D O J Seal
U.S. Department of Justice

United States Attorney
Northern District of Texas

1100 Commerce St., 3rd Fl.
Dallas, Texas 75242-1699



Telephone (214) 659-8600
Fax (214) 767-0978

CONTACT: 214/659-8600
FEBRUARY 22, 2007


A federal grand jury in Lubbock returned an indictment yesterday charging businessman, Mike Hogan, Jr., with one count of corrupt interference with the Internal Revenue laws and two counts of structuring currency transactions, announced U.S. Attorney Richard B. Roper of the Northern District of Texas. Hogan owns and operates several businesses in and around Lubbock and at various times these businesses included Lubbock Mattress Sale, LLP, Discount Furniture Outlet, Smoker’s Outlet LLC, all on 34th Street in Lubbock, and the Phillips 66 Restaurant in Slaton, Texas. Hogan is expected to surrender to federal authorities and appear before a U.S. Magistrate Judge in Lubbock within the week for his initial appearance.

The indictment alleges that beginning in January 1999 and continuing until April 10, 2006, Mike Hogan, Jr. corruptly endeavored to obstruct and impede the due administration of the Internal Revenue Code and the ascertainment, assessment, computation and collection of federal income taxes.

During part of that time, Hogan paid his employees in cash and failed to withhold federal employment taxes and to issue Internal Revenue Service Forms W-2 and W-4. However, in July 2001, based on Hogan’s representations that he had no significant assets or income, the Internal Revenue Service closed its collection cases relating to his 1999 and 2000 employment taxes as “Not Collectible.”

In 2000 through 2001, Hogan opened and operated the Phillips 66 Restaurant and Discount Furniture Outlet that he did not report on his federal income tax returns. In January 2001, Hogan opened a bank account in the name of Donna McClanahan, an ex-wife of his, at American Bank of Commerce in Wolfforth, Texas, and deposited approximately $161,142.32 in business receipts in it during 2001. A couple of months later, Hogan opened a bank account in the name of Jennifer Rayos, his sister-in-law, in the same bank into which he deposited approximately $42,462.43 in business receipts during 2001. In August 2001, Hogan opened a bank account in the names of Donna McClanahan and Mike Hogan at Bank of America in Lubbock and deposited business receipts totaling approximately $195,857.58 during 2001 and 2002.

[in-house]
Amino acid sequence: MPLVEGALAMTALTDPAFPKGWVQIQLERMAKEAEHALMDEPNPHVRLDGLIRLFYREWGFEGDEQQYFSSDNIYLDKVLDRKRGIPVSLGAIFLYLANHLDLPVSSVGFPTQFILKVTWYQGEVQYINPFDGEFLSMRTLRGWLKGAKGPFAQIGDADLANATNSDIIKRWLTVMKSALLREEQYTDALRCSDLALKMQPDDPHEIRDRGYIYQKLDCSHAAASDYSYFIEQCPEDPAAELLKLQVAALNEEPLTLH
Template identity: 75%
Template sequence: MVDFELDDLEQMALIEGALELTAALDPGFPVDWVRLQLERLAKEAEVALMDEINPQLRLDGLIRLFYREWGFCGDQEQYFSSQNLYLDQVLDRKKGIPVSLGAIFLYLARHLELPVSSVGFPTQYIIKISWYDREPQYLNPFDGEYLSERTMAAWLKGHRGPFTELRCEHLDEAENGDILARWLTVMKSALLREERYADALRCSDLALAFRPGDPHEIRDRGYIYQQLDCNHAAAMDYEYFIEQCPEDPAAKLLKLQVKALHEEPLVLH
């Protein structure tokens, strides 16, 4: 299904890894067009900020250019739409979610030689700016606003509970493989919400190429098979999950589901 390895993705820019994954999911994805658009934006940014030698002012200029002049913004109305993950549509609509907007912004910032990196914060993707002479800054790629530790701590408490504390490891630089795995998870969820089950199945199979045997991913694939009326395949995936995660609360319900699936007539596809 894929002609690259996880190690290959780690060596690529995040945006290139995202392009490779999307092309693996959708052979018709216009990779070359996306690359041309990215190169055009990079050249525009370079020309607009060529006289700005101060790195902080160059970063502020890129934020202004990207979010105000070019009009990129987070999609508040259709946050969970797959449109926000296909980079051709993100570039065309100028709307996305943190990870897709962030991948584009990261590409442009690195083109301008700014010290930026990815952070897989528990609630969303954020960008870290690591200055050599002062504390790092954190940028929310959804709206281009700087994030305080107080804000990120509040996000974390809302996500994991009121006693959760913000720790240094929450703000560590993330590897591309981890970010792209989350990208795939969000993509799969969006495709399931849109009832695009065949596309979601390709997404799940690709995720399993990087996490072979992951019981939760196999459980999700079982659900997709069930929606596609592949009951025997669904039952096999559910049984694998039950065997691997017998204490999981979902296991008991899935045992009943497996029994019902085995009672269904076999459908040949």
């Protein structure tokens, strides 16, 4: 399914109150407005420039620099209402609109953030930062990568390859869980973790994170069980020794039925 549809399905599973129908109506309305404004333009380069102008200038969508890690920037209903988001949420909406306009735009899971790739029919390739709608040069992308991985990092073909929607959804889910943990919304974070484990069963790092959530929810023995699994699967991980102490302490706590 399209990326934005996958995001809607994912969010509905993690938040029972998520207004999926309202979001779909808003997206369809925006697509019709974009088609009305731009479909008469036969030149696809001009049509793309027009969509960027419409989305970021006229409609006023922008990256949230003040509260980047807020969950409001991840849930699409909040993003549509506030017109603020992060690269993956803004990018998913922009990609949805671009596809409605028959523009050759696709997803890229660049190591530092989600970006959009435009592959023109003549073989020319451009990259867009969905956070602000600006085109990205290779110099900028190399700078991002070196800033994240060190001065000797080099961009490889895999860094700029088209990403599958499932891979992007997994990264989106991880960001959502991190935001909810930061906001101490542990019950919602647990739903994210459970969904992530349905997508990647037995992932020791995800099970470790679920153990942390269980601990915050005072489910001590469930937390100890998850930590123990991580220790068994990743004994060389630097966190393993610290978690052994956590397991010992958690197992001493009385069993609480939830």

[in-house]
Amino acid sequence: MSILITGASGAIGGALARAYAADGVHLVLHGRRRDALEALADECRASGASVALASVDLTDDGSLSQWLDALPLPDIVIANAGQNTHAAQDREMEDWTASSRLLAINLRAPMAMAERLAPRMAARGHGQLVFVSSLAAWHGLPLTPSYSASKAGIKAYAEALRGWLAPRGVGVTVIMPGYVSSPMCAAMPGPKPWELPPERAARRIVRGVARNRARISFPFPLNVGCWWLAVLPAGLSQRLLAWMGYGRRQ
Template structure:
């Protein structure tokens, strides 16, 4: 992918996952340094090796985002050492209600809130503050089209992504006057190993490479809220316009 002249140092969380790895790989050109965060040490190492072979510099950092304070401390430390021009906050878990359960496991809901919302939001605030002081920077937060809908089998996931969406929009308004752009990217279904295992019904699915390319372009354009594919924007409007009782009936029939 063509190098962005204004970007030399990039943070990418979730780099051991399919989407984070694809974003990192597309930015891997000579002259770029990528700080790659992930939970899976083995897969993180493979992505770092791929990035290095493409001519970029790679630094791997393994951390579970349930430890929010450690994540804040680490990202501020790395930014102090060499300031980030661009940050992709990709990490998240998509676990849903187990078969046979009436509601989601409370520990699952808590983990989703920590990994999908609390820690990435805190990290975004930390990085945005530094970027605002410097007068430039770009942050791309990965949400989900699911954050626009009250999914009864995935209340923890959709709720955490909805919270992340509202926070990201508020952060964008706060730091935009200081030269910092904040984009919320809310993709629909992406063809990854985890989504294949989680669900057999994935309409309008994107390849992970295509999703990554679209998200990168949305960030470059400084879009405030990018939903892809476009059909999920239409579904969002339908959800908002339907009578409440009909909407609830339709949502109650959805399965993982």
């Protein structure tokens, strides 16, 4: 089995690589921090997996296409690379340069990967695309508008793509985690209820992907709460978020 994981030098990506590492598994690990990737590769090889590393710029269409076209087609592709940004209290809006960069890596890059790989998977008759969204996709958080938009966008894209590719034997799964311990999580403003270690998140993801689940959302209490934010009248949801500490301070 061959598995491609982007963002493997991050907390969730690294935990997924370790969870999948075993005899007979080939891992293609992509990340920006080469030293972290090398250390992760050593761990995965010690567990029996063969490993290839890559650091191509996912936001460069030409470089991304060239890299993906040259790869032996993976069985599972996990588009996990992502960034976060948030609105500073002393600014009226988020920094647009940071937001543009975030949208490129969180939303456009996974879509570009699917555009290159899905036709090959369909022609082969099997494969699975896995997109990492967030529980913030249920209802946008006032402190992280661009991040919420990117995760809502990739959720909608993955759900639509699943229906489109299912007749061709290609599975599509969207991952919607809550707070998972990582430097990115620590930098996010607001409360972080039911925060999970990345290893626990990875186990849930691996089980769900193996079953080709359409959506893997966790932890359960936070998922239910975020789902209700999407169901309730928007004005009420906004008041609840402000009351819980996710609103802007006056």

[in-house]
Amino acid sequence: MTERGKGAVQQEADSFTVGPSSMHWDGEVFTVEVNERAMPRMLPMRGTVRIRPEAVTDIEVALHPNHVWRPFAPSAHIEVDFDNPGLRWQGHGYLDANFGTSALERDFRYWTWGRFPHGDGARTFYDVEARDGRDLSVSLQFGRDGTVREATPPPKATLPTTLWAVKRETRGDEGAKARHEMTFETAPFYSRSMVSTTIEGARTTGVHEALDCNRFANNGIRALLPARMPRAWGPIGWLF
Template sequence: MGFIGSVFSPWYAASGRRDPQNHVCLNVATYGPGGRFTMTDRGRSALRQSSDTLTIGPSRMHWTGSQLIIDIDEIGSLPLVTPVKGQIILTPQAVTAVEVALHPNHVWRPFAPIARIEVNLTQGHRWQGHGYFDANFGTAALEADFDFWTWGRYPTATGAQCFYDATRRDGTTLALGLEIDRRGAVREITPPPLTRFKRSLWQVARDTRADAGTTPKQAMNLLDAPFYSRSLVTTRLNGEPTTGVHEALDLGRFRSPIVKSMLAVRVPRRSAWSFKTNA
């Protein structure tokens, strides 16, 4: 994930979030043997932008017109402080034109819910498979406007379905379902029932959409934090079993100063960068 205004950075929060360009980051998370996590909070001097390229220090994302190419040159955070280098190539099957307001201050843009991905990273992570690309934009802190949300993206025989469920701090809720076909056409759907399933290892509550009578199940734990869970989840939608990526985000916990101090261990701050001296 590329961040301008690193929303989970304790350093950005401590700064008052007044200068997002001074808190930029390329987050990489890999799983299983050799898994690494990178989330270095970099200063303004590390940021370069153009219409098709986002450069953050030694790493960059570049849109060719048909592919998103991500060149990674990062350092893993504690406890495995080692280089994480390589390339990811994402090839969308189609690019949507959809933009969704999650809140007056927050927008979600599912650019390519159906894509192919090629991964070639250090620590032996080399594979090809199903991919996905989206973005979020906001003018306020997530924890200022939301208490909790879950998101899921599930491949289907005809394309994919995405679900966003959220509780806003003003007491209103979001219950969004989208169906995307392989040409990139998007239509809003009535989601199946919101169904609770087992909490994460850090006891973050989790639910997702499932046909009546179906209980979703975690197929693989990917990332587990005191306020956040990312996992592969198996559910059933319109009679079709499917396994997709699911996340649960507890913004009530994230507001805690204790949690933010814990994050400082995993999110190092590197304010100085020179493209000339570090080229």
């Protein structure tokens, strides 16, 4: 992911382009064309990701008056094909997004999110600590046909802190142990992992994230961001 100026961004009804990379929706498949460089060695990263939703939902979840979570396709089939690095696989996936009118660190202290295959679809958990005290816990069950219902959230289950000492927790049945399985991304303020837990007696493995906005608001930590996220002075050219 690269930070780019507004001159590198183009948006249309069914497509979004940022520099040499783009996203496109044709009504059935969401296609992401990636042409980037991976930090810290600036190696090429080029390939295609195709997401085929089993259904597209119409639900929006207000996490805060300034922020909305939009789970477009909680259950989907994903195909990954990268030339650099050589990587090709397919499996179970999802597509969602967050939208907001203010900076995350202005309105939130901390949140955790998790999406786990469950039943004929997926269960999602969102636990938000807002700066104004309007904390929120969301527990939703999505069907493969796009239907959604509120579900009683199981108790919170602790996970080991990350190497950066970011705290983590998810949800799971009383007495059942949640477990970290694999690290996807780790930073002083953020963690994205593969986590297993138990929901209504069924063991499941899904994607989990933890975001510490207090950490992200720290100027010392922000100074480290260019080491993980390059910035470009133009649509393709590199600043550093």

The indictment further alleges that from 2001 through 2005, Hogan structured currency transactions at Lubbock National Bank in an attempt to cause the bank to avoid currency reporting requirements. In addition, from 2002 through 2006, in order to confuse the Internal Revenue Service, Hogan transferred money between the various accounts he held at Lubbock National Bank.

According to the indictment, from June through December 2005, Hogan cashed business checks totaling $353,862.41 at Lubbock National Bank that he did not deposit into his accounts. During the four-year period 2001 through 2004, Hogan’s total bank deposits were $4,400,769.49, while his reported gross receipts were $3,150,362, a difference of $1,250,407.49.

From 2001 through 2004, Hogan concealed large amounts of cash at his residence. On April 17, 2002, approximately $70,000 cash was stolen from Hogan at his residence and on January 14, 2004 he had approximately $100,000 cash stolen. Hogan used cash for his personal expenses.

Hogan also divided his income between two sets of books that he kept for his business --- one for recording the portion of sales to be reported for tax purposes and the other set, consisting mostly of cash, recording sales that were to be concealed from the Internal Revenue Service.

Hogan also provided false income and expense information to his tax preparer and CPA for preparation of his individual and business income tax returns that falsely under-reported business income and over-reported business expenses.

The indictment also alleges that in May 2005, Hogan made false statements to Internal Revenue Service agents, including false statements regarding bank accounts that he maintained; the bookkeeping of his businesses; the filing of his 2003 U.S. Individual income tax return; and, records that he provided to his return preparers. Sometime after May 25, 2005, Hogan instructed his employees to remove records of cash sales for 2003 and 2004 and change monthly sales summaries to ensure the summaries didn’t show cash sales. On March 29, 2006, Hogan assaulted an employee who threatened to cooperate with the Internal Revenue Service against the Hogan.

An indictment is an accusation by a federal grand jury and a defendant is entitled to the presumption of innocence unless proven guilty. If convicted, however, the maximum statutory penalty for the tax charge is three years in prison and a $250,000 fine. The maximum statutory sentence for the structuring charges are 10 years in prison and a $500,000 fine, per count convicted. Restitution could be ordered.

U.S. Attorney Roper praised the investigative efforts of the Internal Revenue Service - Criminal Investigation. The case is being prosecuted by Assistant U.S. Attorney Roger McRoberts of the Lubbock, Texas, U.S. Attorney’s Office.